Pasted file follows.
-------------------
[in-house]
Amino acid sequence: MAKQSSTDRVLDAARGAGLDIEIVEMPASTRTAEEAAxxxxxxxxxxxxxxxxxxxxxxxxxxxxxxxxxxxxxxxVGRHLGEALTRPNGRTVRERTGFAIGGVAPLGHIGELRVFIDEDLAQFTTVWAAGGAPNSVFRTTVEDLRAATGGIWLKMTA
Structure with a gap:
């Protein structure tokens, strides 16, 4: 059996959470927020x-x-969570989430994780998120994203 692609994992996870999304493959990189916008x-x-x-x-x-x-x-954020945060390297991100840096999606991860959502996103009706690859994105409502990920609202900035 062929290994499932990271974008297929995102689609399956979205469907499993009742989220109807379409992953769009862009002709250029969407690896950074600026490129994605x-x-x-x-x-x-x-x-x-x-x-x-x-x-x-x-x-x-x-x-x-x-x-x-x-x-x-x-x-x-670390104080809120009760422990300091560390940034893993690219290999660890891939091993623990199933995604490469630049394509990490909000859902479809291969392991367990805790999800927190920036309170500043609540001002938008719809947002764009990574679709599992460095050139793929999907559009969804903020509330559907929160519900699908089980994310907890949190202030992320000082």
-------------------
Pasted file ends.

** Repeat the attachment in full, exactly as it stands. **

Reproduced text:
[in-house]
Amino acid sequence: MAKQSSTDRVLDAARGAGLDIEIVEMPASTRTAEEAAxxxxxxxxxxxxxxxxxxxxxxxxxxxxxxxxxxxxxxxVGRHLGEALTRPNGRTVRERTGFAIGGVAPLGHIGELRVFIDEDLAQFTTVWAAGGAPNSVFRTTVEDLRAATGGIWLKMTA
Structure with a gap:
């Protein structure tokens, strides 16, 4: 059996959470927020x-x-969570989430994780998120994203 692609994992996870999304493959990189916008x-x-x-x-x-x-x-954020945060390297991100840096999606991860959502996103009706690859994105409502990920609202900035 062929290994499932990271974008297929995102689609399956979205469907499993009742989220109807379409992953769009862009002709250029969407690896950074600026490129994605x-x-x-x-x-x-x-x-x-x-x-x-x-x-x-x-x-x-x-x-x-x-x-x-x-x-x-x-x-x-670390104080809120009760422990300091560390940034893993690219290999660890891939091993623990199933995604490469630049394509990490909000859902479809291969392991367990805790999800927190920036309170500043609540001002938008719809947002764009990574679709599992460095050139793929999907559009969804903020509330559907929160519900699908089980994310907890949190202030992320000082």